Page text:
Lisa Abia-Smith
Lisa is a Senior Instructor with the University of Oregon School of Planning, Public Policy and Management. She is Director of Educational Outreach at the Jordan Schnitzer Museum of Art in Eugene, where she teaches courses in arts and healthcare, arts management, and accessible arts curriculum development. She directs the Art Heals program bringing art-based activities to patients and medical students in rural communities. Lisa is nationally recognized for her research and teaching on arts in healthcare. She is author of “Preparing the Mind and Learning to See: Art Museums as Training Grounds for Medical Students,” published by Routledge Press. She has created and led Humanities Galleries for previous Narrative Medicine Facilitator Trainings, and is a frequent collaborator with NWNMC.
Sara Guest
Sara was born and raised in Ohio and spent her first 34 years as a Midwesterner, receiving a BA from Miami University, an MA in Literature from Case Western Reserve and an applied degree in writing, publishing and TV production in Chicago working for Encyclopedia Britannica and Harpo Studios. She has lived in Portland since 2004 and is an avid reader, poet, editor, teacher/facilitator and community-builder, volunteering time with Write Around Portland, Literary Arts, the American Leadership Forum of Oregon and various other causes and campaigns. She is founder and director of OK You, a nonprofit that invites people of all ages to engage in creative experiences that inspire a friendlier relationship with worry and fear. Sara is an independent communications consultant.
Chrys Buckley
Chrys completed three years of medical school and recently left the field to pursue endeavors related to creativity, science, and disability awareness. Her pre-med life included working in a remote island camp kitchen, freelance copy-editing, living in India, and seven years at the Portland State University Learning Center where she spent her time as a chemistry tutor, coordinator and supervisor. She has undergraduate degrees in Biochemistry, Micro/Molecular Biology, and Arts & Letters, always trying to find some integration with writing and science. She has been a part of the NWNMC team for three years, and is currently working on a book about her experiences as a disabled medical student, and is helping develop and teach an elective about disability awareness to first-year medical students.
Estela Vasquez Guzman
Estela is Assistant Professor in the Department of Family Medicine at OHSU. She trained at the University of New Mexico, where she specialized in medical sociology, race, and ethnicity. She has developed a strong understanding of the diverse factors affecting racial/ethnic health inequities both within and outside of the health care system. As a first generation Latina immigrant indigenous scholar, she aims to bridge the gap between theory and practice from an equity and inclusion perspective because we all win when we have a compassionate, representative, and humanistic healthcare system. Outside of work, you can find Estela running, dancing, hiking, kickboxing and/or doing arts and crafts. She also enjoys traveling and cooking authentic Oaxacan food with her mother and family.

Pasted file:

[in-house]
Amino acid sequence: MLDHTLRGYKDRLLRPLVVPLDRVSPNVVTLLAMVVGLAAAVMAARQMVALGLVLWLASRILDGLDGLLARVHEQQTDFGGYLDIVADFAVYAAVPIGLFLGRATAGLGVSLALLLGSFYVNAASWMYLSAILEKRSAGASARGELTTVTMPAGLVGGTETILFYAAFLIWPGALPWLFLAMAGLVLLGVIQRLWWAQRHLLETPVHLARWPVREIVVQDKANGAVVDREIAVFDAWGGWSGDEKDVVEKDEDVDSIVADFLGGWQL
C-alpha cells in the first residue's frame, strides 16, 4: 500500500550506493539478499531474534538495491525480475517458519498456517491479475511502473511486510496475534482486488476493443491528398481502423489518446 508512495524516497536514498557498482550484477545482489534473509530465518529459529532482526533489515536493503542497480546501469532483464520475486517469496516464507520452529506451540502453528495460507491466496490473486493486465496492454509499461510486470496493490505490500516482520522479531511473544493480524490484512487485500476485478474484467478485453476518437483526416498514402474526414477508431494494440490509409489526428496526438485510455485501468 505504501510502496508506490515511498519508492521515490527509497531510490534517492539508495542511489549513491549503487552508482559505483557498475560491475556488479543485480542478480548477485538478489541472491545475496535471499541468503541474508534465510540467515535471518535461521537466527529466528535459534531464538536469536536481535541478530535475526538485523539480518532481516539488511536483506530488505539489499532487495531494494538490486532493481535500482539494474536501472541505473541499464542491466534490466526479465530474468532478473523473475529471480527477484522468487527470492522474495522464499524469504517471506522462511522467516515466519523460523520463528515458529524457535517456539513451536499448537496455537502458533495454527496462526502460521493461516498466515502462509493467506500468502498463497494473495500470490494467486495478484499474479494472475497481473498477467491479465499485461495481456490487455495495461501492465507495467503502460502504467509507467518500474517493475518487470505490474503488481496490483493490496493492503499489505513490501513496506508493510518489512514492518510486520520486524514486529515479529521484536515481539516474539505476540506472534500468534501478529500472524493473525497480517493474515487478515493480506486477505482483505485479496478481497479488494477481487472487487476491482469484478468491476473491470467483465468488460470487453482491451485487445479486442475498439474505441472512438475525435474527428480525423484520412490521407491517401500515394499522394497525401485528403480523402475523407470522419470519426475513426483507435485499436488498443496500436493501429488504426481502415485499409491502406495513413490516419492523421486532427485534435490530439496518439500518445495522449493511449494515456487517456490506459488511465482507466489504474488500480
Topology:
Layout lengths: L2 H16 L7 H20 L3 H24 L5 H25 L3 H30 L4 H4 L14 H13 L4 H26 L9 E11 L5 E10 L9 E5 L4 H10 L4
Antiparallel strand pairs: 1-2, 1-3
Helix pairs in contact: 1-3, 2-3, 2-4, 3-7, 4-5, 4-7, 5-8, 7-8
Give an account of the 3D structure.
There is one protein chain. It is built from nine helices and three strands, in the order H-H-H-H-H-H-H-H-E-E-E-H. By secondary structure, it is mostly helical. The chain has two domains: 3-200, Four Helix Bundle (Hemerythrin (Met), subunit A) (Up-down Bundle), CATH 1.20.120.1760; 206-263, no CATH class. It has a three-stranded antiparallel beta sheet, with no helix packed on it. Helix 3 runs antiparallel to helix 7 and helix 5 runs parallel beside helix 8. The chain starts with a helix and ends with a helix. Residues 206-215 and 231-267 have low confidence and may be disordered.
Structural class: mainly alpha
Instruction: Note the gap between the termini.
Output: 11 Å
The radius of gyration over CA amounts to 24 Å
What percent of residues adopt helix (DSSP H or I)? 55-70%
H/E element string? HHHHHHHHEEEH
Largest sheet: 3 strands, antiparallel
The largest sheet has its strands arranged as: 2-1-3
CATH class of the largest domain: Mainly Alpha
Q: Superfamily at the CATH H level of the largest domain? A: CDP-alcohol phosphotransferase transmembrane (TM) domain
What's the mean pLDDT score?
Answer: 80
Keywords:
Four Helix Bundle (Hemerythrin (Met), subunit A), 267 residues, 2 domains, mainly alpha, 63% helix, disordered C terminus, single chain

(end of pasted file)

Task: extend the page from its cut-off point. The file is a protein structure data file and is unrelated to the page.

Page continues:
Mollie Marr
Mollie is an MD/PhD student at OHSU. Her PhD is in Behavioral and Systems Neuroscience and her dissertation work focused on the intergenerational transmission of childhood maltreatment. She received a Bachelor of Fine Arts from Tisch School of the Arts at New York University and as part of her undergraduate work completed training at the Stella Adler Studio, the Royal Academy of Dramatic Arts, and the Experimental Theatre Wing. She is former president of the national student American Medical Women's Association where she hosted a conference called "Strength Through Stories," and currently a fellow at the prestigious Mirzayan Science & Technology Program at the National Academies of Sciences, Engineering, and Medicine. 
Molly Obsorne
Molly is a Professor of Medicine in the Division of Pulmonary and Critical Care at OHSU, previously 18-year Associate Dean of Student Affairs, with over 60 publications including NIH research focusing on asthma epidemiology. She is the Integrated Ethics Program Officer at the VAPORHCS, awarded the national VA William A. Nelson Award in 2015. Her current areas of emphasis are ethics and end-of-life care and with the support, advice and collaborative guidance of the faculty in the Humanities Department at Penn State [Kienle scholar in 2016, 2017] has a forthcoming graphic novel to address ethics. Her graphic narrative, ‘Critical Space,’ was published in the Annals of Internal Medicine. She has been a champion of narrative medicine and medical humanities, and is a frequent collaborator with NWNMC.
Lisa Schimmel
Lisa is a licensed clinical psychologist and consultant. She’s been in private practice since last century (1990s) and has been a staff psychologist at Joseph B. Trainer Health and Wellness Center (JBT) and assistant professor in the OHSU Department of Psychiatry since Nov 2011. Her clinical focus includes: life/work transitions, relationship enhancement, personal growth, diversity and LGBTQQ related issues, and managing stress, anxiety, and depression. She is a frequent contributor to NWNMC endeavors. In addition to presenting, Dr. Schimmel holds optional drop-in wellness space for participants during the training.